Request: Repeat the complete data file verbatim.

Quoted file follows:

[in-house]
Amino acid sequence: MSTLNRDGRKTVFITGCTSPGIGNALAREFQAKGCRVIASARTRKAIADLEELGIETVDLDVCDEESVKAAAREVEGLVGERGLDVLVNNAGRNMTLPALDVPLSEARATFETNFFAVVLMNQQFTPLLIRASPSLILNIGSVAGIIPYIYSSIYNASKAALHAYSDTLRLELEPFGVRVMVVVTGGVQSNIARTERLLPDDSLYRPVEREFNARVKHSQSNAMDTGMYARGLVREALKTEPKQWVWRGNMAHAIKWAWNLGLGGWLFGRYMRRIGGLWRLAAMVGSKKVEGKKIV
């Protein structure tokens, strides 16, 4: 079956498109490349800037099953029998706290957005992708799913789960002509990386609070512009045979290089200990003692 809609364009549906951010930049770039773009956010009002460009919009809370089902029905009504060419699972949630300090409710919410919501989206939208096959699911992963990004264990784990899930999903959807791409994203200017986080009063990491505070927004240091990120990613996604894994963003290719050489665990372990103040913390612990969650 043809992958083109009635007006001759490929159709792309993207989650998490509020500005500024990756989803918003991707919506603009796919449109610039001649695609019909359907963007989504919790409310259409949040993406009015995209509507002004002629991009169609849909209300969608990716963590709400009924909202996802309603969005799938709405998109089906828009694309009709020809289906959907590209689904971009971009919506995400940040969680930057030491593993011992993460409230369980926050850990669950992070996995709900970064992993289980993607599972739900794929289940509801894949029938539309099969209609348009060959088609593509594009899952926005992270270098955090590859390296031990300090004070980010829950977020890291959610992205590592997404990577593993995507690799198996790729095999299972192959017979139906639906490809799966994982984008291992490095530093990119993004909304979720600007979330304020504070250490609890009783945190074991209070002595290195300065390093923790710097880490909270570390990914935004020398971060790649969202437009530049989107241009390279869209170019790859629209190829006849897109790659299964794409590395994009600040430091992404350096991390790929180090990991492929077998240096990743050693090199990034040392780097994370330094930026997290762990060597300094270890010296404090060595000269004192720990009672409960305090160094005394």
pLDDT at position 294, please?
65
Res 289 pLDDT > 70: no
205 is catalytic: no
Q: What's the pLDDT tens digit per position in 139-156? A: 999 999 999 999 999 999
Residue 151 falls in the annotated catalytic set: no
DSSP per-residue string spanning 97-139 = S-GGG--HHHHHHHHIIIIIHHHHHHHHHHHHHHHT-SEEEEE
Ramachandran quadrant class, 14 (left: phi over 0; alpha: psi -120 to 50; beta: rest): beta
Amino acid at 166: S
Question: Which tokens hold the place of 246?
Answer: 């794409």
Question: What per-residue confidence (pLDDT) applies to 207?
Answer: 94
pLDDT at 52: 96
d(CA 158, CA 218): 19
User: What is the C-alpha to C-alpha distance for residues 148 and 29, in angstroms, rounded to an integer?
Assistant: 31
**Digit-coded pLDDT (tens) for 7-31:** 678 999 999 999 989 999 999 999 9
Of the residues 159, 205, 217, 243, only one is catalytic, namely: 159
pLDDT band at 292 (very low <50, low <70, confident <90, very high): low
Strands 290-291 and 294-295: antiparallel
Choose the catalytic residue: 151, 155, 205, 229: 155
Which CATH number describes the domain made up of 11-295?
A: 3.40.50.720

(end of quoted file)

[in-house]
Amino acid sequence: MSTLNRDGRKTVFITGCTSPGIGNALAREFQAKGCRVIASARTRKAIADLEELGIETVDLDVCDEESVKAAAREVEGLVGERGLDVLVNNAGRNMTLPALDVPLSEARATFETNFFAVVLMNQQFTPLLIRASPSLILNIGSVAGIIPYIYSSIYNASKAALHAYSDTLRLELEPFGVRVMVVVTGGVQSNIARTERLLPDDSLYRPVEREFNARVKHSQSNAMDTGMYARGLVREALKTEPKQWVWRGNMAHAIKWAWNLGLGGWLFGRYMRRIGGLWRLAAMVGSKKVEGKKIV
């Protein structure tokens, strides 16, 4: 079956498109490349800037099953029998706290957005992708799913789960002509990386609070512009045979290089200990003692 809609364009549906951010930049770039773009956010009002460009919009809370089902029905009504060419699972949630300090409710919410919501989206939208096959699911992963990004264990784990899930999903959807791409994203200017986080009063990491505070927004240091990120990613996604894994963003290719050489665990372990103040913390612990969650 043809992958083109009635007006001759490929159709792309993207989650998490509020500005500024990756989803918003991707919506603009796919449109610039001649695609019909359907963007989504919790409310259409949040993406009015995209509507002004002629991009169609849909209300969608990716963590709400009924909202996802309603969005799938709405998109089906828009694309009709020809289906959907590209689904971009971009919506995400940040969680930057030491593993011992993460409230369980926050850990669950992070996995709900970064992993289980993607599972739900794929289940509801894949029938539309099969209609348009060959088609593509594009899952926005992270270098955090590859390296031990300090004070980010829950977020890291959610992205590592997404990577593993995507690799198996790729095999299972192959017979139906639906490809799966994982984008291992490095530093990119993004909304979720600007979330304020504070250490609890009783945190074991209070002595290195300065390093923790710097880490909270570390990914935004020398971060790649969202437009530049989107241009390279869209170019790859629209190829006849897109790659299964794409590395994009600040430091992404350096991390790929180090990991492929077998240096990743050693090199990034040392780097994370330094930026997290762990060597300094270890010296404090060595000269004192720990009672409960305090160094005394």
pLDDT at position 294, please?
65
Res 289 pLDDT > 70: no
205 is catalytic: no
Q: What's the pLDDT tens digit per position in 139-156? A: 999 999 999 999 999 999
Residue 151 falls in the annotated catalytic set: no
DSSP per-residue string spanning 97-139 = S-GGG--HHHHHHHHIIIIIHHHHHHHHHHHHHHHT-SEEEEE
Ramachandran quadrant class, 14 (left: phi over 0; alpha: psi -120 to 50; beta: rest): beta
Amino acid at 166: S
Question: Which tokens hold the place of 246?
Answer: 């794409």
Question: What per-residue confidence (pLDDT) applies to 207?
Answer: 94
pLDDT at 52: 96
d(CA 158, CA 218): 19
User: What is the C-alpha to C-alpha distance for residues 148 and 29, in angstroms, rounded to an integer?
Assistant: 31
**Digit-coded pLDDT (tens) for 7-31:** 678 999 999 999 989 999 999 999 9
Of the residues 159, 205, 217, 243, only one is catalytic, namely: 159
pLDDT band at 292 (very low <50, low <70, confident <90, very high): low
Strands 290-291 and 294-295: antiparallel
Choose the catalytic residue: 151, 155, 205, 229: 155
Which CATH number describes the domain made up of 11-295?
A: 3.40.50.720